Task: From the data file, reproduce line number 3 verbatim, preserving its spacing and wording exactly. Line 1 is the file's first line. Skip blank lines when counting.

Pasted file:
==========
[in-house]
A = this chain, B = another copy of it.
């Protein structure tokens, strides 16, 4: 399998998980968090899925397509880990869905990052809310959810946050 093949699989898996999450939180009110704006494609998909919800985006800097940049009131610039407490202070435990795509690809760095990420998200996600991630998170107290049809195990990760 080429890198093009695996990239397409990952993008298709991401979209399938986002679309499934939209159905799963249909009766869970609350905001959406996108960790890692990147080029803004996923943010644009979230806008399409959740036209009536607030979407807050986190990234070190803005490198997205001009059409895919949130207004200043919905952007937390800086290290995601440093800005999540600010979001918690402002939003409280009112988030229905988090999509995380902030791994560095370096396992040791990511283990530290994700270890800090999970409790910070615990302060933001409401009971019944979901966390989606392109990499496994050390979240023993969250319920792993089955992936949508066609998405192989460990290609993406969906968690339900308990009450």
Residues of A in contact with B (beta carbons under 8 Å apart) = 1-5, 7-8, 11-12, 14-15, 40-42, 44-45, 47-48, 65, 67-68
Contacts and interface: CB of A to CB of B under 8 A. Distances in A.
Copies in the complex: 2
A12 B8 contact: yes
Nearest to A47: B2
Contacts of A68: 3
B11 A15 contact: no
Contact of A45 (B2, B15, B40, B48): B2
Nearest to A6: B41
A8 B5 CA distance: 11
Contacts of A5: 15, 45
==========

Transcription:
């Protein structure tokens, strides 16, 4: 399998998980968090899925397509880990869905990052809310959810946050 093949699989898996999450939180009110704006494609998909919800985006800097940049009131610039407490202070435990795509690809760095990420998200996600991630998170107290049809195990990760 080429890198093009695996990239397409990952993008298709991401979209399938986002679309499934939209159905799963249909009766869970609350905001959406996108960790890692990147080029803004996923943010644009979230806008399409959740036209009536607030979407807050986190990234070190803005490198997205001009059409895919949130207004200043919905952007937390800086290290995601440093800005999540600010979001918690402002939003409280009112988030229905988090999509995380902030791994560095370096396992040791990511283990530290994700270890800090999970409790910070615990302060933001409401009971019944979901966390989606392109990499496994050390979240023993969250319920792993089955992936949508066609998405192989460990290609993406969906968690339900308990009450």